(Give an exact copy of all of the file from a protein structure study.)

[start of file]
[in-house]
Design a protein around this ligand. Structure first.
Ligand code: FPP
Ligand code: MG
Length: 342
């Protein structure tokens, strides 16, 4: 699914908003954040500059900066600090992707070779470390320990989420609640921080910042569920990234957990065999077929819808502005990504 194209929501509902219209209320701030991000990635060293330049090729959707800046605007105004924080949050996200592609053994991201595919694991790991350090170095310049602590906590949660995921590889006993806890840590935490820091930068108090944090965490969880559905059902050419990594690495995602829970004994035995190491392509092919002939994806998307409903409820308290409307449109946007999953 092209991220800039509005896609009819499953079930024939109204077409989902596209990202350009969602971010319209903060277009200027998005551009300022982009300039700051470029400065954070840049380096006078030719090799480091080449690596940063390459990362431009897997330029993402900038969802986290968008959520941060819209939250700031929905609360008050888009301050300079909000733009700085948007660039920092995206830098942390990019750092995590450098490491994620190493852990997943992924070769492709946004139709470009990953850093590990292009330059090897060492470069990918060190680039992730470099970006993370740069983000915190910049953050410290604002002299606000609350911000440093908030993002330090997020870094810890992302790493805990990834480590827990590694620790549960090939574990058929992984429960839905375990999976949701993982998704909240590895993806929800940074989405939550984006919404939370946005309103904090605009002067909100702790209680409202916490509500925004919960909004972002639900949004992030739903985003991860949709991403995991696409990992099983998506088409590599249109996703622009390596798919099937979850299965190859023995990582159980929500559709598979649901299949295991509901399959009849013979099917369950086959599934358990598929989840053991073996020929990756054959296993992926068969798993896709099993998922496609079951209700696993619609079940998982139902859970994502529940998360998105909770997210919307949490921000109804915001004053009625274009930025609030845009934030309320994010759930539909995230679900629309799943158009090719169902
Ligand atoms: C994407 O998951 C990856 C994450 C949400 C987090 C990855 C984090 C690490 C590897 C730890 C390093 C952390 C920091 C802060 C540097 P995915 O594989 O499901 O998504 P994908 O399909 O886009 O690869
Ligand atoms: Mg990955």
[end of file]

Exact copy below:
[in-house]
Design a protein around this ligand. Structure first.
Ligand code: FPP
Ligand code: MG
Length: 342
């Protein structure tokens, strides 16, 4: 699914908003954040500059900066600090992707070779470390320990989420609640921080910042569920990234957990065999077929819808502005990504 194209929501509902219209209320701030991000990635060293330049090729959707800046605007105004924080949050996200592609053994991201595919694991790991350090170095310049602590906590949660995921590889006993806890840590935490820091930068108090944090965490969880559905059902050419990594690495995602829970004994035995190491392509092919002939994806998307409903409820308290409307449109946007999953 092209991220800039509005896609009819499953079930024939109204077409989902596209990202350009969602971010319209903060277009200027998005551009300022982009300039700051470029400065954070840049380096006078030719090799480091080449690596940063390459990362431009897997330029993402900038969802986290968008959520941060819209939250700031929905609360008050888009301050300079909000733009700085948007660039920092995206830098942390990019750092995590450098490491994620190493852990997943992924070769492709946004139709470009990953850093590990292009330059090897060492470069990918060190680039992730470099970006993370740069983000915190910049953050410290604002002299606000609350911000440093908030993002330090997020870094810890992302790493805990990834480590827990590694620790549960090939574990058929992984429960839905375990999976949701993982998704909240590895993806929800940074989405939550984006919404939370946005309103904090605009002067909100702790209680409202916490509500925004919960909004972002639900949004992030739903985003991860949709991403995991696409990992099983998506088409590599249109996703622009390596798919099937979850299965190859023995990582159980929500559709598979649901299949295991509901399959009849013979099917369950086959599934358990598929989840053991073996020929990756054959296993992926068969798993896709099993998922496609079951209700696993619609079940998982139902859970994502529940998360998105909770997210919307949490921000109804915001004053009625274009930025609030845009934030309320994010759930539909995230679900629309799943158009090719169902
Ligand atoms: C994407 O998951 C990856 C994450 C949400 C987090 C990855 C984090 C690490 C590897 C730890 C390093 C952390 C920091 C802060 C540097 P995915 O594989 O499901 O998504 P994908 O399909 O886009 O690869
Ligand atoms: Mg990955």